A second reason for doing this in such boring detail is that I am extremely irritated at those, on both the left and the right, who now blithely assume that facts don’t matter. Fuck You! They do matter: it is one thing to predict something and be wrong, it is quite another thing to make shit up, which is frankly what many people are doing now. The election is being portrayed as a mandate for a rapid rollback of the accomplishments of Obama, and frankly the progress of the last eighty years. The facts speak to something different: turnout in Philadelphia did not match the relative share of either registered voters or of the population of the city as a whole. Had it done so in Philadelphia, or Miami, or Cleveland and Cincinnati, or Milwaukee, or Detroit, or Atlanta, or any number of other big cities in America, there is absolutely no way Trump would have been elected. The facts are available, they are indisputable, regardless of how loudly Trump might rant about voter fraud (Trump is a Fucking Liar!).
There is no mandate for Trump; he and the Republicans have succeeded in pulling off a ‘slow-moving coup’ as Bill Maher puts it, with a combination of relentless assaults on the integrity and value of government led by Fox News, thinly-veiled racist and bigoted attacks on anybody perceived as ‘different’, a constantly vigilant effort to suppress votes in areas unfavorable to their views, to gerrymander districts to create maximum Republican success, and frankly outrageous behavior towards President Obama, best exemplified by the refusal of the Senate to even consider the nomination of Obama’s selection to replace Antonin Scalia on the Supreme Court, Merrick Garland.
The only way this can succeed in the future is for those in opposition to lose interest in the facts. Saying the opposite of Trump and his minions is no solution: if he says Black and you say White and the answer is Grey, nobody is served well. Protesting everything also serves no purpose: all that will happen is that everyone will be exhausted in six months and in two years time the Republicans will steamroll the Democrats in the mid-terms and increase their already formidable power. What needs to happen is that places like Philadelphia need to get more voters out to the polls, particularly in off-year elections. One example from the 2016 election in Pennsylvania is illustrative: Pat Toomey was re-elected to the US Senate with 2,951,702 votes, defeating Katie McGinty by 86,690 votes. Had McGinty been victorious, the Republicans would have a slender 51-49 advantage in the Senate, putting a great deal of pressure on Republican senators from Democratic-leaning states to moderate their tone; instead, every Cabinet nominee and all new bills are being pushed through the Senate with only token, symbolic opposition. Similar stories can be told in other states like Wisconsin.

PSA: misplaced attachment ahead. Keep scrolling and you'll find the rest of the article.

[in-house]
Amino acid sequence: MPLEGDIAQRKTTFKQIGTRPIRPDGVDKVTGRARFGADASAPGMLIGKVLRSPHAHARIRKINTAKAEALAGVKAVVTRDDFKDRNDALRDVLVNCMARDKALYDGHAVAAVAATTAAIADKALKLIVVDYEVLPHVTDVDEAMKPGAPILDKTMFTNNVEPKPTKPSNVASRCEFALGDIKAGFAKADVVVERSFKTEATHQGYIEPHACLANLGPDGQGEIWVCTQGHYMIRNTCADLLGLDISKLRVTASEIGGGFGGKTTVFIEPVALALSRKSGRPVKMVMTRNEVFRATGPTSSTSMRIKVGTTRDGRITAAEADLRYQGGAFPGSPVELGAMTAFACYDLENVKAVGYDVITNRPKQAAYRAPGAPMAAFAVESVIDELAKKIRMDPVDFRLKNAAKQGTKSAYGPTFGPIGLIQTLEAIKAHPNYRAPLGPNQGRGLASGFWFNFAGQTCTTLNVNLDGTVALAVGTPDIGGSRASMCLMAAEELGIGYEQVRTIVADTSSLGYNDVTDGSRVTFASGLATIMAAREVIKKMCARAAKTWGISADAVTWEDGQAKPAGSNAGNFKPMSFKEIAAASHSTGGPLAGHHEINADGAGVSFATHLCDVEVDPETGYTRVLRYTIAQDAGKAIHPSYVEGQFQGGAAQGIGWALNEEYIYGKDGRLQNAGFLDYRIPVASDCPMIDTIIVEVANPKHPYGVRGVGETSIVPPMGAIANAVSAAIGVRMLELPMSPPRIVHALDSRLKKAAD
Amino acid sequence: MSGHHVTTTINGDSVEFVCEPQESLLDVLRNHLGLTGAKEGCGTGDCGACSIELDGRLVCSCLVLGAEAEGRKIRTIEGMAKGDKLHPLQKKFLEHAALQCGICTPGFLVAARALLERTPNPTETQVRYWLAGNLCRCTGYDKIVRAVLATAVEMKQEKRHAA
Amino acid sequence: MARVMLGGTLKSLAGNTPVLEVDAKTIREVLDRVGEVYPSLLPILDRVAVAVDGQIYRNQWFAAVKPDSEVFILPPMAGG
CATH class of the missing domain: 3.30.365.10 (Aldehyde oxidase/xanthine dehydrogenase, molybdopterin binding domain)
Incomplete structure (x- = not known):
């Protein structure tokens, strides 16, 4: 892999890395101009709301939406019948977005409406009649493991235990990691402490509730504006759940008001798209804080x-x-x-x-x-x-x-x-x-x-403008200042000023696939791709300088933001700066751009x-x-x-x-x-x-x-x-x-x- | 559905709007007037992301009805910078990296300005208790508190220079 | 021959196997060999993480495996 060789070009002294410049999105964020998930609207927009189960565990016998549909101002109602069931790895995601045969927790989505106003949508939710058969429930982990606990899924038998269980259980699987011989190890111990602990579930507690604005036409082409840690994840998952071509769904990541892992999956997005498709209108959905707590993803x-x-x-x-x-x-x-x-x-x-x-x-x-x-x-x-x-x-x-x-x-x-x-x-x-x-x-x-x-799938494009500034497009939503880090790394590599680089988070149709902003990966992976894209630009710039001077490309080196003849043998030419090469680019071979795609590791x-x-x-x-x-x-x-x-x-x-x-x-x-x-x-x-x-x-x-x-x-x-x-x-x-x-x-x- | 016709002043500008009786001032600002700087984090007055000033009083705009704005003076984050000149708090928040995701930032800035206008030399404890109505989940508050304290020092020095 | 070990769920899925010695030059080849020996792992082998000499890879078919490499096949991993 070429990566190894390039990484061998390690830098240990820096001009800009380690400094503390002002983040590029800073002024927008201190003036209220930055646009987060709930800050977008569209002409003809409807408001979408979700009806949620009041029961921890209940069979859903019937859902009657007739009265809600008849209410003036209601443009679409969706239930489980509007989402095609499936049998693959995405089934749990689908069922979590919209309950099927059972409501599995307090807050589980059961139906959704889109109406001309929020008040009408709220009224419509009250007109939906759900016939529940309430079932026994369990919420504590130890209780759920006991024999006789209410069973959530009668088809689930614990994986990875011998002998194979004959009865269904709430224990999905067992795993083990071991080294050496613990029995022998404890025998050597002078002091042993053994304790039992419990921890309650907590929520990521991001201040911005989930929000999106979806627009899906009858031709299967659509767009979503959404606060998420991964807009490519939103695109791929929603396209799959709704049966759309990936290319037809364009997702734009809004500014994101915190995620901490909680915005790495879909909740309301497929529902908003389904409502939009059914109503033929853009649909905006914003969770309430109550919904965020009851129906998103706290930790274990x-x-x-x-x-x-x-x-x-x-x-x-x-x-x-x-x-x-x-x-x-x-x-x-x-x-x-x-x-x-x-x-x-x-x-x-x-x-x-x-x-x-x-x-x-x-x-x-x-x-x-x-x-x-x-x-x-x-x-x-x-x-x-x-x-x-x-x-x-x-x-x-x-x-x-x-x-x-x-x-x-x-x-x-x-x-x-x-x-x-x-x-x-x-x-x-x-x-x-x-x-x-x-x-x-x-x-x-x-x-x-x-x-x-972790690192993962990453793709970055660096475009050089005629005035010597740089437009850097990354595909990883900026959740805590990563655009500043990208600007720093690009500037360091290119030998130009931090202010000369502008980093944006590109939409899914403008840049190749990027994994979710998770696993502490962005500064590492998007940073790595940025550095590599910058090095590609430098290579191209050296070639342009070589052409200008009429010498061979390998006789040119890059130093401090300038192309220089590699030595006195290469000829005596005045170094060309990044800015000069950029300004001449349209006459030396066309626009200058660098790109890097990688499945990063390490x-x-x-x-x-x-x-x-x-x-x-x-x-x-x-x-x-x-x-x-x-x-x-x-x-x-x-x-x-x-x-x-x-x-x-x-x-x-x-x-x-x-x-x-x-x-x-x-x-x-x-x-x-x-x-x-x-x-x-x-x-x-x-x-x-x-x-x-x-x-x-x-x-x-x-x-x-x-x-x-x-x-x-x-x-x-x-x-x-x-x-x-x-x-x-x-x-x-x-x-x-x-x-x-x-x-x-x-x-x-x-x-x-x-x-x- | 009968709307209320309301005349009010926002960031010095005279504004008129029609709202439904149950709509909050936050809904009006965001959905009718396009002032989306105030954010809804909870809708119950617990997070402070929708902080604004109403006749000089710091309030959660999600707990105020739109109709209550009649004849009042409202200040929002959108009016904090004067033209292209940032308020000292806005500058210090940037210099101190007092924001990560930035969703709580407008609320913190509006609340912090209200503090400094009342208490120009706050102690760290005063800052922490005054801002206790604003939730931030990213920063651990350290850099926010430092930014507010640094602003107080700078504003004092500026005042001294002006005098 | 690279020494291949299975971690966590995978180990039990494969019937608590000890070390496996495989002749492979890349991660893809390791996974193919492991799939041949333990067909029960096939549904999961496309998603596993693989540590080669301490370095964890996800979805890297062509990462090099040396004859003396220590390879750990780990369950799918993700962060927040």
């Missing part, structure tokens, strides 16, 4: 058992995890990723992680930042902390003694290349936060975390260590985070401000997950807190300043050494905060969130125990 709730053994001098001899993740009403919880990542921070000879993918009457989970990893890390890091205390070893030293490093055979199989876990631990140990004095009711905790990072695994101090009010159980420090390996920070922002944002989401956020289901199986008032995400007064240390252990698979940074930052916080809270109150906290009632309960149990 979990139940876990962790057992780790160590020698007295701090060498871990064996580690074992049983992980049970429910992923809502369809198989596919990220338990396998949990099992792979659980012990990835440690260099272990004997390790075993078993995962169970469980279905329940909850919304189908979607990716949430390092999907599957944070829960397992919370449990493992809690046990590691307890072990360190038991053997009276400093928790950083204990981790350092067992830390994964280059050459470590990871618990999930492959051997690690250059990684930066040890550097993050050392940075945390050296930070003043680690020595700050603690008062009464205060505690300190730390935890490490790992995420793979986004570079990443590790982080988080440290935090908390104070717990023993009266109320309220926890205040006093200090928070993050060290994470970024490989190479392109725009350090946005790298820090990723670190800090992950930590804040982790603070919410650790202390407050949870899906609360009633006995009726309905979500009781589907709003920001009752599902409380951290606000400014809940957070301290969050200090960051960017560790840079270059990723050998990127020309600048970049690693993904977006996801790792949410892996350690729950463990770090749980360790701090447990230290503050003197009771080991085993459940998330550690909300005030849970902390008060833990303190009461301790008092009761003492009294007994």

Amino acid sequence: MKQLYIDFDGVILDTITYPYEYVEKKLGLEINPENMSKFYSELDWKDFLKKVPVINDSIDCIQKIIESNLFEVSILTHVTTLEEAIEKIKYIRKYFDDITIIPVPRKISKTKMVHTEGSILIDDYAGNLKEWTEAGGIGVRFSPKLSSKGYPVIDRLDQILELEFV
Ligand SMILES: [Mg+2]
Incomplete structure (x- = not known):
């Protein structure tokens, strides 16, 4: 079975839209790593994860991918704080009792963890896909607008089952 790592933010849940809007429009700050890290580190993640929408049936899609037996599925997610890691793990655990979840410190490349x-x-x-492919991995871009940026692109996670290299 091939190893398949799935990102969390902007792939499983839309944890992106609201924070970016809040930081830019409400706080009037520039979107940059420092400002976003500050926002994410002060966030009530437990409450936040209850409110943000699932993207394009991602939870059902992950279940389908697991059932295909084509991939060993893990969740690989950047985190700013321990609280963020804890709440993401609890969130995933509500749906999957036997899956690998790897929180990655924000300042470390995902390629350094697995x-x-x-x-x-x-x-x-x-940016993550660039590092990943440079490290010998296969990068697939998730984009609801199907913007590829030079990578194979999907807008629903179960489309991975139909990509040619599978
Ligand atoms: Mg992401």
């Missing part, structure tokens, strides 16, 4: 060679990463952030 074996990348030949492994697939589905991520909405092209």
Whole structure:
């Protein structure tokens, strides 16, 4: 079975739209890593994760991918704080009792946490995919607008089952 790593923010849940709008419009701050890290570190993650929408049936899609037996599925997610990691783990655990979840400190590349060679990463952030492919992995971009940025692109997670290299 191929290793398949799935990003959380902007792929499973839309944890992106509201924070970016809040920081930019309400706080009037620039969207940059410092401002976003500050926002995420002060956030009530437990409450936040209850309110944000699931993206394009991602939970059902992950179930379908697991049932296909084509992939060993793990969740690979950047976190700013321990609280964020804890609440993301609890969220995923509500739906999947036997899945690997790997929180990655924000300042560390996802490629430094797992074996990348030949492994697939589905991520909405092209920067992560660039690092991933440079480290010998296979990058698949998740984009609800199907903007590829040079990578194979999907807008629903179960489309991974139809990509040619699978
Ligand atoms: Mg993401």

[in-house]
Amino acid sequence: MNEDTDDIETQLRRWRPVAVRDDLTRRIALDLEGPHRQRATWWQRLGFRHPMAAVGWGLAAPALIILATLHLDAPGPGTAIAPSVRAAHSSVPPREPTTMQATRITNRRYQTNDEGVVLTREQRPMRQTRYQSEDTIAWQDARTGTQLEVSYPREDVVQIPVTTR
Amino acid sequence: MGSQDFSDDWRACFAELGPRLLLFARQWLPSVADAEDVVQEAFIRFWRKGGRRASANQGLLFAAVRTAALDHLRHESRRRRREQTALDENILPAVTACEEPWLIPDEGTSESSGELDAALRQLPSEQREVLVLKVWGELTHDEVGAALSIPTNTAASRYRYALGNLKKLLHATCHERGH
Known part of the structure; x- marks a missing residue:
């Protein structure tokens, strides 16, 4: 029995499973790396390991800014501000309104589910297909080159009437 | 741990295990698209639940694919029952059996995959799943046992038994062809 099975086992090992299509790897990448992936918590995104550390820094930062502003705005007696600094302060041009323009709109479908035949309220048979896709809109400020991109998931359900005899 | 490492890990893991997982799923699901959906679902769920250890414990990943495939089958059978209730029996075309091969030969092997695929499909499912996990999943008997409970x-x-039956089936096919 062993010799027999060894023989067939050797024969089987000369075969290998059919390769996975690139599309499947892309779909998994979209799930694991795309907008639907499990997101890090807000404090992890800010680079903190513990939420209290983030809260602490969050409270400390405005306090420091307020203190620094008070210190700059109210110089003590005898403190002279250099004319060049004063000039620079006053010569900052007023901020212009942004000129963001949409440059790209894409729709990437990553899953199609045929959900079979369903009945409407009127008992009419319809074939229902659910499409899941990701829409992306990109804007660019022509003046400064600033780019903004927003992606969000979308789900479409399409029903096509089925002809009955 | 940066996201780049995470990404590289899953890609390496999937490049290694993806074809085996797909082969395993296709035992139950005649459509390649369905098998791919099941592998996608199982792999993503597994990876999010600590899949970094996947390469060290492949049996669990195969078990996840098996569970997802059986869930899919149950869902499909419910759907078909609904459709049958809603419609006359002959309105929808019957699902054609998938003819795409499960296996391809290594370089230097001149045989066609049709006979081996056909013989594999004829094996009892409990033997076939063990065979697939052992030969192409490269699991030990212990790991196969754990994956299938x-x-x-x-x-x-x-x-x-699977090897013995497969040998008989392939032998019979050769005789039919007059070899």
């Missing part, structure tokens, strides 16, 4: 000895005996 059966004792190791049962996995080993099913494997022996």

I have stated before that the major success of the Republican party is that their voters show up in off-year elections. There is absolutely no chance that Massachusetts would have a Republican governor if turnout in the gubernatorial elections was anywhere near the turnout levels of presidential elections. If a liberal state like Massachusetts fails to elect candidates that represent the majority of the state, what chance do the voters in places like North Carolina or, in the case under review, Pennsylvania?
In the next and (hopefully) final installment of this series of articles parsing the results of the 2016 presidential election in Pennsylvania (and, by extension, analyzing general trends in electoral politics nationally), I finally peel back the cover and examine the counties that supported Trump in 2016 in Pennsylvania, in a posthumous effort to sort out how it is that a state that should have supported Hillary Clinton ended up costing her the election and plunged the country into the greatest crisis since the Civil War.